Granger on Movies: ‘The Martian’
Published 7:31 am, Friday, October 2, 2015
Back in 1979, Ridley Scott stunned moviegoers with “Alien.” Now the visual storyteller returns to outer space with a super-suspenseful saga of an astronaut accidentally stranded on Mars.
When a colossal dust storm forces the Ares 3 crew to abort their Mars surface exploration, Commander Lewis (Jessica Chastain) orders a hasty evacuation, believing their crewmate, Mark Watney (Matt Damon), has been killed by flying debris.
But he’s alive, as satellite photography soon reveals. So it’s up to NASA director Sanders (Jeff Daniels) and his cohorts at Pasadena’s Jet Propulsion Laboratory to figure out how to help Watney stay alive in the habitation module and rescue him before his food supply runs out.
Fortunately, Watney is a resourceful botanist and courageous problem-solver. After removing the shrapnel lodged in his torso, he’s faced with basic survival tasks and the necessity of perseverance while facing seemingly insurmountable obstacles.
“I’m gonna have to science the (expletive) out of this,” he declares, and proceeds to improvise and innovate, showing a disarmingly acerbic sense of humor. That’s evident when he runs out of ketchup and sprinkles crushed Viocodin on his potatoes. But there are always unforeseen catastrophes.
Screenwriter Drew Goddard (“World War Z”) has adapted Andy Weir’s 2011 novel, as director Ridley Scott meticulously delineates Watney’s ingenuity in his struggle to endure. He’s a plausible Robinson Crusoe, tossing around geek speak terms like hexadecimals and orbital trajectories.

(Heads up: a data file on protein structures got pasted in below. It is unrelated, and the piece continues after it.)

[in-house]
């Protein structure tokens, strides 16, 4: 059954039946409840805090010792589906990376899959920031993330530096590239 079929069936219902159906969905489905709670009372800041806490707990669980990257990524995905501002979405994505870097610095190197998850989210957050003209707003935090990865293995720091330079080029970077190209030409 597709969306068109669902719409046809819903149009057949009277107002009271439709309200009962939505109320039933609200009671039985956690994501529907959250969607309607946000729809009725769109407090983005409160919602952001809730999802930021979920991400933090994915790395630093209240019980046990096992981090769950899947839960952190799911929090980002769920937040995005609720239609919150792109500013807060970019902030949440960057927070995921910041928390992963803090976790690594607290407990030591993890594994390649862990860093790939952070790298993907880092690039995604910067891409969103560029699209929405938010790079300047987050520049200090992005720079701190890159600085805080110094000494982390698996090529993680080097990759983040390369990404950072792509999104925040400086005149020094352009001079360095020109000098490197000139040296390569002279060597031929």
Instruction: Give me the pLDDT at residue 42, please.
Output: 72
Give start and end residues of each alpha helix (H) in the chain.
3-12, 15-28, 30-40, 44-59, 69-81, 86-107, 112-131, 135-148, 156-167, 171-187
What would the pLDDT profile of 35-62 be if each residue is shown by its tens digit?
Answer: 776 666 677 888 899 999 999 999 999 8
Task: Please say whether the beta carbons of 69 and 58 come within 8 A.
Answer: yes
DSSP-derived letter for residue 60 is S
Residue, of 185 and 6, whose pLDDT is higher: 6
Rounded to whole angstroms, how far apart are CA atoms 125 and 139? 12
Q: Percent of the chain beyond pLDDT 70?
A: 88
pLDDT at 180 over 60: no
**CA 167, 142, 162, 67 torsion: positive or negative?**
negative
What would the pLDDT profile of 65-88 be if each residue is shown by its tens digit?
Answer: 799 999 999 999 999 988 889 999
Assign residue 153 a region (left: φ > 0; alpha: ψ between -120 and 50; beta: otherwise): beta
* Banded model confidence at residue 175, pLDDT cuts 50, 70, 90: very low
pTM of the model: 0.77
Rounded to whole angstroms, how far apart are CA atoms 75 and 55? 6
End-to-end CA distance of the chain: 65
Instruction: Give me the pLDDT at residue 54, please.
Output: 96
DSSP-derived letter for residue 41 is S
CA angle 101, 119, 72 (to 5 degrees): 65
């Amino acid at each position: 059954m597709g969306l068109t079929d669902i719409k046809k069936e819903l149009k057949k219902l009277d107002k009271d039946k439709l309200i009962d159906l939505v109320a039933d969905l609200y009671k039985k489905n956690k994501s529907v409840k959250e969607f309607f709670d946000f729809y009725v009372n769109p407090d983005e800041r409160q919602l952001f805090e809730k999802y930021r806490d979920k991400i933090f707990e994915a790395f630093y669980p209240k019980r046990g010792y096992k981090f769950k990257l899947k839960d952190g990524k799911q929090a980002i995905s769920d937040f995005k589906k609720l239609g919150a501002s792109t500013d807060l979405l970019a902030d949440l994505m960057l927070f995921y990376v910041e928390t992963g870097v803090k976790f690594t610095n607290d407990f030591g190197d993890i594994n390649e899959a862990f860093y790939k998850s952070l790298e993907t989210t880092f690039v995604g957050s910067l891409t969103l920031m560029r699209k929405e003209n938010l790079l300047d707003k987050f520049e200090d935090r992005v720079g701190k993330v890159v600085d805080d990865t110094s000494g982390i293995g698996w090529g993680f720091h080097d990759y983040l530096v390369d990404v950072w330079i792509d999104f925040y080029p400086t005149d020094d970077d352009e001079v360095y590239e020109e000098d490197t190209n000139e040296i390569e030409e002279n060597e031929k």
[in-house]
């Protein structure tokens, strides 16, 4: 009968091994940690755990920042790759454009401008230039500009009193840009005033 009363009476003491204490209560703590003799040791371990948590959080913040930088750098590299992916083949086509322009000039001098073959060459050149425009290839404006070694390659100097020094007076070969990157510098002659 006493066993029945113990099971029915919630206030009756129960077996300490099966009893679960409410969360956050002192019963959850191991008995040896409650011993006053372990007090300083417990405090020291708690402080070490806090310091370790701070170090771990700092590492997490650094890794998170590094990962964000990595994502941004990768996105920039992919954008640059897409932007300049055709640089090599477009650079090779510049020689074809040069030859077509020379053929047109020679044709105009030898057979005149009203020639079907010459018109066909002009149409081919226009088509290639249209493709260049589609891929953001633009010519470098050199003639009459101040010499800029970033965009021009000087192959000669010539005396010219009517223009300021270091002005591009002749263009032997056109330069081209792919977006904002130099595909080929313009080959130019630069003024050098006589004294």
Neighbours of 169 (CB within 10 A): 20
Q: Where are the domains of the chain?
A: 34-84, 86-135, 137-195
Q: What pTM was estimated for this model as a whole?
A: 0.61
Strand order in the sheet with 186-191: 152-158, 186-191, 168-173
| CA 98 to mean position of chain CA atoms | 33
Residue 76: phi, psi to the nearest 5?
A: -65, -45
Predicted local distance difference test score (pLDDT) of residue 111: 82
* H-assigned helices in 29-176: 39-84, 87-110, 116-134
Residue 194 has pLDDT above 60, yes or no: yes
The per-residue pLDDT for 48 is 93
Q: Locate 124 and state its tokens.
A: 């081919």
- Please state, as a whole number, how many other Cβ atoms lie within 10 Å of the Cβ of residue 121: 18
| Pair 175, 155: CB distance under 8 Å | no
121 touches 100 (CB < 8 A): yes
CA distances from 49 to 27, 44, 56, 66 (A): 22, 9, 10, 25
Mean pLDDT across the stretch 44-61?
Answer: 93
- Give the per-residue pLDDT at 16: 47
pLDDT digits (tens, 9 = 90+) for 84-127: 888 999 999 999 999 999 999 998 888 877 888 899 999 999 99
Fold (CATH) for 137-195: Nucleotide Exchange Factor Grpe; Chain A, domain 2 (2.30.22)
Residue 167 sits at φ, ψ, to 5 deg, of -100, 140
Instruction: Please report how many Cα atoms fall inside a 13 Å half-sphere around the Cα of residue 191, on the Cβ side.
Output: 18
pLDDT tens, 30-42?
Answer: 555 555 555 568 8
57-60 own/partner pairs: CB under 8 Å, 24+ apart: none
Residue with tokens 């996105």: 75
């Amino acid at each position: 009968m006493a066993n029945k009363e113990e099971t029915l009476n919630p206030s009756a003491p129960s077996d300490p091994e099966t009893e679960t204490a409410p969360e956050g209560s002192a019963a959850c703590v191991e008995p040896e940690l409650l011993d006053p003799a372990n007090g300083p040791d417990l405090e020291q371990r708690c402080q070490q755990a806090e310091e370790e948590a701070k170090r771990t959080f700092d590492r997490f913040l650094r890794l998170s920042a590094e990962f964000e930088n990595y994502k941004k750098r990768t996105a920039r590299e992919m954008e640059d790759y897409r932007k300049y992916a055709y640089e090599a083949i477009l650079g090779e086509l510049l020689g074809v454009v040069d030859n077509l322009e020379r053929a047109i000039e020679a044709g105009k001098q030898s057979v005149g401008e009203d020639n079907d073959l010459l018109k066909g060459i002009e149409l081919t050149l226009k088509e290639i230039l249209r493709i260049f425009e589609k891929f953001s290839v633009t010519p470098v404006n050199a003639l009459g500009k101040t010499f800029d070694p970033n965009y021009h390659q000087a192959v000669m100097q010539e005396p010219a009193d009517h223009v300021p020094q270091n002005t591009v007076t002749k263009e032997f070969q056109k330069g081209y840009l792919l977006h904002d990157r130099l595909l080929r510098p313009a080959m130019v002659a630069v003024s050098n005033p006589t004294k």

Filmgoers may recall Matt Damon did an uncredited bit as a stranded astronaut in “Interstellar” but, here, his charming, utterly convincing performance propels the drama on a desolate planet.
Chiwetel Ejiofor, Sean Bean, Kristen Wiig, Donald Glover and Macenzie Davis score as supportive scientists — with a nod to “Lord of the Rings” — while Kate Mara, Michael Pena, Sebastian Stan and Aksel Hennie comprise the Ares 3 team.
Reminiscent of solo tales like “Gravity,” “Cast Away” and “Moon,” it should certainly engender enthusiasm for the future of space travel, as NASA strives to send humans to Mars by the 2030s.
FYI: Although Ridley Scott invited author Andy Weir to visit the set during filming in Hungary and Jordan, he declined, confessing, “I’m afraid of flying.”
On the Granger Movie Gauge of 1 to 10, “The Martian” is an exhilarating 8 — an enthralling sci-fi adventure.